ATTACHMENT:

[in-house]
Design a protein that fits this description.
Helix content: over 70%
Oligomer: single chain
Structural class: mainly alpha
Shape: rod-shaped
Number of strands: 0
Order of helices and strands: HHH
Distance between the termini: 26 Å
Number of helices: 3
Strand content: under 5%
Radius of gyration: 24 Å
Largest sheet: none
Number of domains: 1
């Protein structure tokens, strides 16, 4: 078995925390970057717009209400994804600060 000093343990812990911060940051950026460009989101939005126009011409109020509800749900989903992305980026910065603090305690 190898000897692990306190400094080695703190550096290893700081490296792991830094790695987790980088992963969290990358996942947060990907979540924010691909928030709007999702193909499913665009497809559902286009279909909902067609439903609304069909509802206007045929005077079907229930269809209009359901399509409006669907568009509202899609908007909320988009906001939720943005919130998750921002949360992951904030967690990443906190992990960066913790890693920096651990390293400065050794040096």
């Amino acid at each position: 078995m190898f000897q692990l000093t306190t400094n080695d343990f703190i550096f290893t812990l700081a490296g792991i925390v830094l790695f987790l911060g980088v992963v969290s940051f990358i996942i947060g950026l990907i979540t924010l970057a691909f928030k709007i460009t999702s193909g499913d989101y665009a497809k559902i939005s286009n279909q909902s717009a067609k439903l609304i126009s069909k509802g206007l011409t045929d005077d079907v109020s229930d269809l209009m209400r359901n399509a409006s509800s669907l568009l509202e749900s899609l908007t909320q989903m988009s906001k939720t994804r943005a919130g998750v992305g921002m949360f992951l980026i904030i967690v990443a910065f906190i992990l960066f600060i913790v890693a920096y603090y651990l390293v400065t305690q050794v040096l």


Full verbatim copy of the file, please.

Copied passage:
[in-house]
Design a protein that fits this description.
Helix content: over 70%
Oligomer: single chain
Structural class: mainly alpha
Shape: rod-shaped
Number of strands: 0
Order of helices and strands: HHH
Distance between the termini: 26 Å
Number of helices: 3
Strand content: under 5%
Radius of gyration: 24 Å
Largest sheet: none
Number of domains: 1
């Protein structure tokens, strides 16, 4: 078995925390970057717009209400994804600060 000093343990812990911060940051950026460009989101939005126009011409109020509800749900989903992305980026910065603090305690 190898000897692990306190400094080695703190550096290893700081490296792991830094790695987790980088992963969290990358996942947060990907979540924010691909928030709007999702193909499913665009497809559902286009279909909902067609439903609304069909509802206007045929005077079907229930269809209009359901399509409006669907568009509202899609908007909320988009906001939720943005919130998750921002949360992951904030967690990443906190992990960066913790890693920096651990390293400065050794040096």
């Amino acid at each position: 078995m190898f000897q692990l000093t306190t400094n080695d343990f703190i550096f290893t812990l700081a490296g792991i925390v830094l790695f987790l911060g980088v992963v969290s940051f990358i996942i947060g950026l990907i979540t924010l970057a691909f928030k709007i460009t999702s193909g499913d989101y665009a497809k559902i939005s286009n279909q909902s717009a067609k439903l609304i126009s069909k509802g206007l011409t045929d005077d079907v109020s229930d269809l209009m209400r359901n399509a409006s509800s669907l568009l509202e749900s899609l908007t909320q989903m988009s906001k939720t994804r943005a919130g998750v992305g921002m949360f992951l980026i904030i967690v990443a910065f906190i992990l960066f600060i913790v890693a920096y603090y651990l390293v400065t305690q050794v040096l």